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Stockholm, May 28, 2024 — The Committee to Protect Journalists strongly decries the Georgian parliament’s Tuesday decision to overturn a veto by the country’s president and adopt a Russian-style “foreign agents” law that would target media outlets and press freedom groups.

“The ruling Georgian Dream party’s decision to push through Kremlin-inspired ‘foreign agents’ legislation despite opposition from Georgia’s president, tens of thousands of protesters, and the country’s international partners makes it clear that the party wants to ensure its victory in October parliamentary elections by using the law to smear and suppress critical voices,” said Gulnoza Said, CPJ’s Europe and Central Asia program coordinator, in New York. “Georgian authorities should immediately revoke this bill, which is utterly incompatible with Georgia’s bid to join the European Union and threatens to push the country into Russia’s authoritarian orbit.”  

On Tuesday, Georgia’s parliament voted to override President Salome Zourabichvili’s May 18 veto of the draft law “On Transparency of Foreign Influence.” Zourabichvili has five days to sign the law; if she declines, parliament’s speaker, a vocal proponent of the bill, is expected to sign it into effect.

Reintroduced by the Georgia Dream party in April following widespread protests that led to its withdrawal last year, the law would require nonprofits and media outlets receiving more than 20% of their funding from abroad to register as “organizations pursuing the interests of a foreign power” and submit detailed annual financial accounts. Authorities would be granted as-yet unspecified powers to monitor their activities.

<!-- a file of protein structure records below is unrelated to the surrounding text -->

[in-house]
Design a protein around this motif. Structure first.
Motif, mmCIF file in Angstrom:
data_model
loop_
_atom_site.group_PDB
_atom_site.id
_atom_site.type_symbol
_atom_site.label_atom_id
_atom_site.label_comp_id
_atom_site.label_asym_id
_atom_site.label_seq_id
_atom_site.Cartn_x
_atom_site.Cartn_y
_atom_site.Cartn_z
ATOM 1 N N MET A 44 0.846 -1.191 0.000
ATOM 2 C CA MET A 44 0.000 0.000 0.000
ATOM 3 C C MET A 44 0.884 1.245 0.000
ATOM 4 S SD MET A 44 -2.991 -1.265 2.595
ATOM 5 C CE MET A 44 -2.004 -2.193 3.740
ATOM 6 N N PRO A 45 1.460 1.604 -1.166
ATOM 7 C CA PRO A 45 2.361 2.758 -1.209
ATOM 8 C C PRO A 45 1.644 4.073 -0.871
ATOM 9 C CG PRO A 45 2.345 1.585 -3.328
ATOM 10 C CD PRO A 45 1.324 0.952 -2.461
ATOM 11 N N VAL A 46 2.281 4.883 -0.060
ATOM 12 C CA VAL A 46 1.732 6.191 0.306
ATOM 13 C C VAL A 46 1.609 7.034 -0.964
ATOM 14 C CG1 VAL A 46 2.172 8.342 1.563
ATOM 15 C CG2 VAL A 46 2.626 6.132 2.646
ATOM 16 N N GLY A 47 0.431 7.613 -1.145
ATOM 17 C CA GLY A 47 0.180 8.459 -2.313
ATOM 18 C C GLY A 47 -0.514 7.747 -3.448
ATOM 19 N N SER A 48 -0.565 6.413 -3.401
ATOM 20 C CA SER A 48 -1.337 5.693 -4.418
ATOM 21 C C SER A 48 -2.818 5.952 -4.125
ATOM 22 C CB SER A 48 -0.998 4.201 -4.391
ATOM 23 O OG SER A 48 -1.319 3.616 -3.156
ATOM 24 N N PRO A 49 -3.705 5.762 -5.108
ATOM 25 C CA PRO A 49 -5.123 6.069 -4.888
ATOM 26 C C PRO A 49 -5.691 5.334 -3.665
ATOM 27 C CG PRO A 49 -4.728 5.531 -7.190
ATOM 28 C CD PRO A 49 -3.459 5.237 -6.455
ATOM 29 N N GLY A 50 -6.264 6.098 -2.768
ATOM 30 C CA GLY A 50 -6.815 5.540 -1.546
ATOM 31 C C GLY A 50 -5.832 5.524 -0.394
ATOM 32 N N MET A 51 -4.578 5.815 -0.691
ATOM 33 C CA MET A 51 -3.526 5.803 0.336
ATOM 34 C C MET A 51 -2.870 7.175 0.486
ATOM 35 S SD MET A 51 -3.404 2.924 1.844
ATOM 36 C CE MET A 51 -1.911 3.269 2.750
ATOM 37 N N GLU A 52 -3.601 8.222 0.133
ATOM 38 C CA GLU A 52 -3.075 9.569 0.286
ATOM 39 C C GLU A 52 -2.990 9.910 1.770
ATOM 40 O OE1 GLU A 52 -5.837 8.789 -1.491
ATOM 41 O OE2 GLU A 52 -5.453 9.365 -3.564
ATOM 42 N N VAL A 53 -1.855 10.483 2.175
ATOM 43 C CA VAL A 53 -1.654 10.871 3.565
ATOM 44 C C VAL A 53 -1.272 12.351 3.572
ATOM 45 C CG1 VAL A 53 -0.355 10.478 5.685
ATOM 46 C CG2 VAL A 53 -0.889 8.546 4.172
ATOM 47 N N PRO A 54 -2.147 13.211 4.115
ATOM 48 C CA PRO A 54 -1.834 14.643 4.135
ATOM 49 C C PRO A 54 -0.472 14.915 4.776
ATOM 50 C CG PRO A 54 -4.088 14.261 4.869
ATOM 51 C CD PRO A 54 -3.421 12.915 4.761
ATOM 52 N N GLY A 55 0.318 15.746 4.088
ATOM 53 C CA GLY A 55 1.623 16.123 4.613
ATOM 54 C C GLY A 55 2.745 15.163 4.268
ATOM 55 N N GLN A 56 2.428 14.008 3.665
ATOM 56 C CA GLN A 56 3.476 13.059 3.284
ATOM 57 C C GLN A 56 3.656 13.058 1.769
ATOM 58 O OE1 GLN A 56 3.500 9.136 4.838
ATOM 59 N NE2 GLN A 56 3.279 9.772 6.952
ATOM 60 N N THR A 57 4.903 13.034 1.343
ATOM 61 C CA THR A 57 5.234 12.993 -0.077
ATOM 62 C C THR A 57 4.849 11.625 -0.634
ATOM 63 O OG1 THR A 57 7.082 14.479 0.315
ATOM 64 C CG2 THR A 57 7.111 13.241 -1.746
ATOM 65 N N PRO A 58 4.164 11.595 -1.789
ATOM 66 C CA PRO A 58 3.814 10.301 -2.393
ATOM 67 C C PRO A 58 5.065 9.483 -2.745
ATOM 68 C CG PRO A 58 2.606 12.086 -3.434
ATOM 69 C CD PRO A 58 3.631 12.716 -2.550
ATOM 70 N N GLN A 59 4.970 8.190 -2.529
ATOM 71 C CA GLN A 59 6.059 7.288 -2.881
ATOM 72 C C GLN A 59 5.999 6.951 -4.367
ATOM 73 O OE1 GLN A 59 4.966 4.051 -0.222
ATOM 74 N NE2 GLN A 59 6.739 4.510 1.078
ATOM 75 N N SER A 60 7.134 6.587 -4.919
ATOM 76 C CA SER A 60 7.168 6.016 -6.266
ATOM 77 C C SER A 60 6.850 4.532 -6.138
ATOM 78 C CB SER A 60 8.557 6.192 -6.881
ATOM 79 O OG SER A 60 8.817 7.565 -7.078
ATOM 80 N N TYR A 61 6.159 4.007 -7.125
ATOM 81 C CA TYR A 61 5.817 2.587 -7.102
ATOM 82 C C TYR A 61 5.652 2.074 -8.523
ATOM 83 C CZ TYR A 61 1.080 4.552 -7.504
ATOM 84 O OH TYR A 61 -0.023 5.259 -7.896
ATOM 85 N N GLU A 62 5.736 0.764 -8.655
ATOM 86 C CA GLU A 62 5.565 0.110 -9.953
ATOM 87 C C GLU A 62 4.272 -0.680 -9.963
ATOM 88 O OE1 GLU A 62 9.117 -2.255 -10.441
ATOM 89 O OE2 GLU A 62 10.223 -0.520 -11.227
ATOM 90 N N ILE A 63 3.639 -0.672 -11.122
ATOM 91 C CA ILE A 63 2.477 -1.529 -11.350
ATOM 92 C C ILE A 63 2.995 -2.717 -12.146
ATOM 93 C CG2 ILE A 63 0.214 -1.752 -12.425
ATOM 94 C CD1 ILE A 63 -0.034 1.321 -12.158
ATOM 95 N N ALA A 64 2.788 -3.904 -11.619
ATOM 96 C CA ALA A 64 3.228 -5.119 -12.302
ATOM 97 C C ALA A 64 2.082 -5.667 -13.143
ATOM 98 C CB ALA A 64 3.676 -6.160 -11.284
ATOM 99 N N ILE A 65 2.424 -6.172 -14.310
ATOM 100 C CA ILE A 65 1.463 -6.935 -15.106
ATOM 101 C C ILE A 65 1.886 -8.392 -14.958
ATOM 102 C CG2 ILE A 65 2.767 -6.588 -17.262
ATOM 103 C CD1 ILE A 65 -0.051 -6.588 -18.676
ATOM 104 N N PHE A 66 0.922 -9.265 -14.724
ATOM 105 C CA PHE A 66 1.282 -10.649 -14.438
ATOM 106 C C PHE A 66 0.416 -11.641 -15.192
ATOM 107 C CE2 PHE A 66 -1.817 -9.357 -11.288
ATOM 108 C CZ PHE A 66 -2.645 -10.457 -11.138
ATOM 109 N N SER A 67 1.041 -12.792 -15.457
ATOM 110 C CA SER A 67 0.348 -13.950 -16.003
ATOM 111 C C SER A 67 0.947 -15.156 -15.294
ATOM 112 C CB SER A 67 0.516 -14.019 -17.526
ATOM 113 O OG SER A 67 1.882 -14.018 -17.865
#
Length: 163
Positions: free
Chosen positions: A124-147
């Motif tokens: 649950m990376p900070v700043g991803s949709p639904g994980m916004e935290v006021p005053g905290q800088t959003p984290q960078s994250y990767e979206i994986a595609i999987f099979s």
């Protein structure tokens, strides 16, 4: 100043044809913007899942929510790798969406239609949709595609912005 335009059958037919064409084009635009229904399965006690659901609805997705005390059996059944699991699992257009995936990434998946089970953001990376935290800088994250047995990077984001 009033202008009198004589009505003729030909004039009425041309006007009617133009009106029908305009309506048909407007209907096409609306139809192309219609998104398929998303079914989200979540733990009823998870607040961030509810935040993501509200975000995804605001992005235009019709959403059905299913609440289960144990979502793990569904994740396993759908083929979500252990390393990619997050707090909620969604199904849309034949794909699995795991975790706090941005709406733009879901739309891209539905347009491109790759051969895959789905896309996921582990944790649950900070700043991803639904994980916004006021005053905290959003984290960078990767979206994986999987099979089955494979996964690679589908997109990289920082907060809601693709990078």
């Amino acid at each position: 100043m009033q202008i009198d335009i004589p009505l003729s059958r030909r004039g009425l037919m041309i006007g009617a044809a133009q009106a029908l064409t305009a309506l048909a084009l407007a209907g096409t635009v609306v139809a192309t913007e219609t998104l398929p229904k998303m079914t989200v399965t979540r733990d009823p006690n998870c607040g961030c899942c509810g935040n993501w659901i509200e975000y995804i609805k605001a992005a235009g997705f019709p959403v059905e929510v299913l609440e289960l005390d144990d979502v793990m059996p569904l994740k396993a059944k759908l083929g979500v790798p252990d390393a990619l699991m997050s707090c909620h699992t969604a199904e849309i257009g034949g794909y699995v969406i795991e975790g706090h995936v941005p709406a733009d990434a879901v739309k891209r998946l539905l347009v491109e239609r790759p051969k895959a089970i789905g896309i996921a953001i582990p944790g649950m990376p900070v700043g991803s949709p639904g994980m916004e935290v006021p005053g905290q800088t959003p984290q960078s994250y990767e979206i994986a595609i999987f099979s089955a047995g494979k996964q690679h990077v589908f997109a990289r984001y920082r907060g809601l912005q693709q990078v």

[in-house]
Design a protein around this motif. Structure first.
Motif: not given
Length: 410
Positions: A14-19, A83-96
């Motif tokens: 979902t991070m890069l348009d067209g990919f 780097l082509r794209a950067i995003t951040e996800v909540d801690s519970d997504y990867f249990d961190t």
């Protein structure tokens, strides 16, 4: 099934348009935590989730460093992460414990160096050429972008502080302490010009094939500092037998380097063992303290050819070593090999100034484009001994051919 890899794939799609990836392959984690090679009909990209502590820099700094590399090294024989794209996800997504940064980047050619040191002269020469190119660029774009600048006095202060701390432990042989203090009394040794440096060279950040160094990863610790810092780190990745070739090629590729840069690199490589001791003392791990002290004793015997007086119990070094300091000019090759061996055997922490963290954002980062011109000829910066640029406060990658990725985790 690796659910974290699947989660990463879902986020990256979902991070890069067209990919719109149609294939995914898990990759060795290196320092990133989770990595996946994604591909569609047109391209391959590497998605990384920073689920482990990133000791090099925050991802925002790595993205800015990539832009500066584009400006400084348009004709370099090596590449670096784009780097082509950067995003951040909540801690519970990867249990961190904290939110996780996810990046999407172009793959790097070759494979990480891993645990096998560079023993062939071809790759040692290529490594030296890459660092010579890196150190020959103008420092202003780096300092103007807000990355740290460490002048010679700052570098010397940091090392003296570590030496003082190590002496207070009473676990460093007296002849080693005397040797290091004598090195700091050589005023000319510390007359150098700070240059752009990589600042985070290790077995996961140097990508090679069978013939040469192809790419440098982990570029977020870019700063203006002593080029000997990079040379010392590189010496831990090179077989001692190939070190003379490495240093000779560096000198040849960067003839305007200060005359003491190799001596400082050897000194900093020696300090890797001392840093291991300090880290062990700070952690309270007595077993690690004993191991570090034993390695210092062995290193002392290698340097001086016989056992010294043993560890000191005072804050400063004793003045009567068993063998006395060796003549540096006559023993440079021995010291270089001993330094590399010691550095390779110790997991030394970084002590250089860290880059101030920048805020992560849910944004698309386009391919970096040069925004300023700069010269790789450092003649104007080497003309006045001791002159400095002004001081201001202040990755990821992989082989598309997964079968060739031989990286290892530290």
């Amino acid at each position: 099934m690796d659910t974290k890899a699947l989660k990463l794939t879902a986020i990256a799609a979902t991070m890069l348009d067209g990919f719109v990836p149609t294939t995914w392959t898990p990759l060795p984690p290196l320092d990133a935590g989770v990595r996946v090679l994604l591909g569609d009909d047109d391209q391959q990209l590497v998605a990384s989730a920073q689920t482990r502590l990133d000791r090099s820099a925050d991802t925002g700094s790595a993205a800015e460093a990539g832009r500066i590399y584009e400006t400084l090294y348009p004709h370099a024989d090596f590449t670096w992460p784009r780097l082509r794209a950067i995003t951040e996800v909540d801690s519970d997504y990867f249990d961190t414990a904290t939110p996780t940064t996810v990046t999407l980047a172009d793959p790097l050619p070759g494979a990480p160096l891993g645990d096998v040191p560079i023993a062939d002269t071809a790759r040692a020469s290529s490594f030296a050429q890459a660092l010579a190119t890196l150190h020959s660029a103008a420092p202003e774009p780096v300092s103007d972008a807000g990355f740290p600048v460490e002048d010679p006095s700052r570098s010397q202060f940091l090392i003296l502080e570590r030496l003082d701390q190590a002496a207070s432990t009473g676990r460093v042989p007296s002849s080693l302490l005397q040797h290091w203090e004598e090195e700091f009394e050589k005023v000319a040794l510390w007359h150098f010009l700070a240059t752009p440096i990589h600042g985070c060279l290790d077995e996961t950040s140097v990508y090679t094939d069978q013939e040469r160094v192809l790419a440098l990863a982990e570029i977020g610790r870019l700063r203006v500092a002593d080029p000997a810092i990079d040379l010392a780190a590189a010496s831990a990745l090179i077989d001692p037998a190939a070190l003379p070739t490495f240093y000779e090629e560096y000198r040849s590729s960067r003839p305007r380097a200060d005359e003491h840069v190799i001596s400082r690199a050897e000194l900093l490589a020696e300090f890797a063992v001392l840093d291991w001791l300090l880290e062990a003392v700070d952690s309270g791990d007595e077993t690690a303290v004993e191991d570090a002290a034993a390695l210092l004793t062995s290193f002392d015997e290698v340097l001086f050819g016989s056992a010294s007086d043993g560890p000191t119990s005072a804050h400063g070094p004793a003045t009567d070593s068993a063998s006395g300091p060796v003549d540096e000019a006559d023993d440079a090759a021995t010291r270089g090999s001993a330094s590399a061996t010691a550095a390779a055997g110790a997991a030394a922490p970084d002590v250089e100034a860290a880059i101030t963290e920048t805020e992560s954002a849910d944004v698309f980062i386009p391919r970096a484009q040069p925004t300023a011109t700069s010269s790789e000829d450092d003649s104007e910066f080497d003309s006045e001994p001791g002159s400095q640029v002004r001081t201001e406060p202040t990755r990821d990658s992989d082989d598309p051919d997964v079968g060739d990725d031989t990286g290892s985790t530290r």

Organizations that fail to register or provide required data would be subject to fines of 25,000 lari (US$9,500) and monthly fines of 20,000 lari ($7,500) for continued non-compliance.

The law text was amended in May to allow individuals to also be liable for such fines, rendering them effective immediately rather than following an appeal.

The European Union has repeatedly warned that the law may compromise Georgia’s EU aspirations.

On May 21, the Venice Commission, a legal advisory body to the Council of Europe, called on Georgian authorities to repeal the law, saying it “has the objective effect of risking the stigmatising, silencing and eventually elimination of associations and media which receive even a low part of their funds from abroad.”

On May 23, U.S. Secretary of State Antony Blinken announced a policy of visa restrictions on individuals “responsible for or complicit in undermining democracy in Georgia” in connection with the foreign agent law, including those responsible for a “campaign of violence or intimidation” to suppress criticism of the bill.

Dozens of journalists were harassed, threatened, and attacked while covering protests of the proposed law.

Source of original article: Europe & Central Asia Archives – Committee to Protect Journalists (
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